April 19, 2017

Graduation is coming – The dreaded Cover Letter

The most challenging part of finding a new role isn’t the interview or the resume.  It’s creating the Cover Letter.  Not anymore.

Raise your hand if you love writing Cover Letters.  Anyone? Anyone? Bueller?

Raise your hand if you think Cover Letters are still used by Recruiters and Hiring Managers? A couple of you?

Raising your hand if you’d love tips on writing a better Cover Letter, especially those who’ve never written one in the past? Hopefully all your hands are raised by now!

I’ve found that professionals roll their eyes (or start to panic) the instant I mention the term “Cover Letter.”  Most folks ask, “Do companies even use them anymore?” or “Do I have to make it all about me?” or my favorite, “Do I have to?”  The answer to all of the above is YES!

Cover Letters don’t have to give you nightmares anymore.  If you’re writing your first one or need some guidance writing your 100th, here’s how I think you should approach this key document:

Use a template, but don’t go too boring: Most Cover Letter templates you’ll find on Google are boring, out-of-date, and super formal.  Use a template that utilizes white space, uses bullets, and tells the reader what you want in a shorter, more compelling way.  Cover Letters should be visually appealing and a quick (2 min) read.  As a Hiring Manager, just LOOKING at a 6 paragraph, single spaced Cover Letter made my eyes cross.  Don’t go there.

Have a connection to the reader:  Whatever you do, don’t start with “Dear Human Resources Representative.”  You want to have a connection to the intended reader.  Even if it’s something like “Joe Smith from Accounting thought I would make a good fit…” or “One of your colleagues, Lisa Jones, recommended I reach out to you…”  Spell-out how your connected.  Not sure of a connection? Use Linked-In to see how you connect to a potential Recruiter/Hiring Manager.

Demonstrate your passion (I know, I know):  Clearly and creatively articulate why you want the opportunity to interview for a position.  Give specific examples of how you use a product(s) or your experience with a company.  Make it compelling and interesting.  Show passion.  Readers want a good story, so tell a good one of how you’re connected to the product/organization/company.

Speaking of story, tell yours:  While the Resume is primarily about your professional accomplishments and impact that you’ve made throughout your career, the Cover Letter is a chance to talk about HOW you do your work and WHY you want into an organization. This is the time to talk about your strengths, your obsession for the potential employer and why you think the opportunity is a good fit for YOU (and the company).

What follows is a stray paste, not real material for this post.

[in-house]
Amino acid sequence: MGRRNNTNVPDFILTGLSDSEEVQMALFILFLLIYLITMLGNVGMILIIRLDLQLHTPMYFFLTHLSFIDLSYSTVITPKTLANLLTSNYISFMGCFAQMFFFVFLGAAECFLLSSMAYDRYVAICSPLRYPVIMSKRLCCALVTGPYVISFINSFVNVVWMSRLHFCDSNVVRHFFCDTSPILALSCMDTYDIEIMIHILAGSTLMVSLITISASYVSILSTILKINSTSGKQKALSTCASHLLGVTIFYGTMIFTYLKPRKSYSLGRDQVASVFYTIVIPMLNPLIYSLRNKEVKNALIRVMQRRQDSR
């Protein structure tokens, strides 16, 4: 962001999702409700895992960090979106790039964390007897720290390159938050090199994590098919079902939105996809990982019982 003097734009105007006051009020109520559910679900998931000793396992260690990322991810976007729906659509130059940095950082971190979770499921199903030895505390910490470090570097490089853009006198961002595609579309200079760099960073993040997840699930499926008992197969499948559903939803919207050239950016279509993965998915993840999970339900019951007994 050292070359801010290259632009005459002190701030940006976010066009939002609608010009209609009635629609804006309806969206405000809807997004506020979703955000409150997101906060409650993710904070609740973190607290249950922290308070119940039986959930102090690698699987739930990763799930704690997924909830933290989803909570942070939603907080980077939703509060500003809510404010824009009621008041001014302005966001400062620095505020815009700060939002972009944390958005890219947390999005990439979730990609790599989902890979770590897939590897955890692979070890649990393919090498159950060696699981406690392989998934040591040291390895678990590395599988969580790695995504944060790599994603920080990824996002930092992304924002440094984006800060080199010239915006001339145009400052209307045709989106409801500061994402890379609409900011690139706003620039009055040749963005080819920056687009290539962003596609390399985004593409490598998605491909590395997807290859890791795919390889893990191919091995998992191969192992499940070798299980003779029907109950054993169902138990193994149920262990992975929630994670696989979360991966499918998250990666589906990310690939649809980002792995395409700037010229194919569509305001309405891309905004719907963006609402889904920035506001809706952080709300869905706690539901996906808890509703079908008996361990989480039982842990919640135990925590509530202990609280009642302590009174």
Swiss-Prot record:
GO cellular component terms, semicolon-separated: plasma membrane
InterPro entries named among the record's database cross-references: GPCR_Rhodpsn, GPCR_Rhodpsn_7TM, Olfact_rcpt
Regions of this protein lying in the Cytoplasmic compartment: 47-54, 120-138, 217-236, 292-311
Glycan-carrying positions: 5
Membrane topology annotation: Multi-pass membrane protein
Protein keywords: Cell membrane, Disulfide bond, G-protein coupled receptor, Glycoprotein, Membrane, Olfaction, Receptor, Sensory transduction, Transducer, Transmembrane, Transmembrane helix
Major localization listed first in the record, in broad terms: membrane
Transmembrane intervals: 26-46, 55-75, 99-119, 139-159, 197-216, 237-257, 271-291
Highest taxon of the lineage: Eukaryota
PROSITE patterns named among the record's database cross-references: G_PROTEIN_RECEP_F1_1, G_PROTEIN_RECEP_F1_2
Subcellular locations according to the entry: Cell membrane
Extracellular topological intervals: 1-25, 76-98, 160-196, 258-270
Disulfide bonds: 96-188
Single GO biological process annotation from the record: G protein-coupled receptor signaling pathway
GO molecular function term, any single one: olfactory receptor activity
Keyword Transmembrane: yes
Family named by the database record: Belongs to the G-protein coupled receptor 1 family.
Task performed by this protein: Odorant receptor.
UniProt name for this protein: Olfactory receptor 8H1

Get 80% there:  I recommend one (or two) versions of a Cover Letter that you can customize for each position.  For each company, you’re going to have a different connection and different opportunities, so having a version that 80% there will help a lot.  Professionals should spend about an hour updating their Cover Letter(s) for each position – doesn’t need to take forever. 

Make the ask:  Don’t just close with “Thank you for the opportunity…” Actually make “the ask” to interview for the position (or be part of the organization). While I’m not a fan of “I’ll contact you on Tuesday at 10am if I don’t hear from you…” (that’s a little assumptive in my opinion), I do think you make “the ask” at the close.  You want the reader to know you’re hungry and want to interview for the position.

Get feedback:  Don’t forget to ask your network for feedback on your Cover Letter if you’re really struggling.  Don’t know anyone (or want a third-party/professional perspective)? Reach out to me and I can take a look.  Get a second set of eyes on the document to make it really POP!

Your homework this week: Start your research on good Cover Letter templates.  Again, don’t go for boring – you’re going to want an easy-to-digest, visually compelling version (think bullets).  Don’t go 1984 (single spaced, 18 paragraphs, 4 pages)!  Start the process of creating a draft and see how this feels.  Need help? Shoot me a mail – tom@engagedpursuit.com

Coming-up next week: It’s the end of April!  Hey graduates (and parents), are you panicking yet??  It’s time for our monthly B.A.T.P. where we highlight our favorite Book, Article, TEDTalk and Podcast for April.  You won’t want to miss this one!

Here’s to your Engaged Pursuit!

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1 Comment on Graduation is coming – The dreaded Cover Letter

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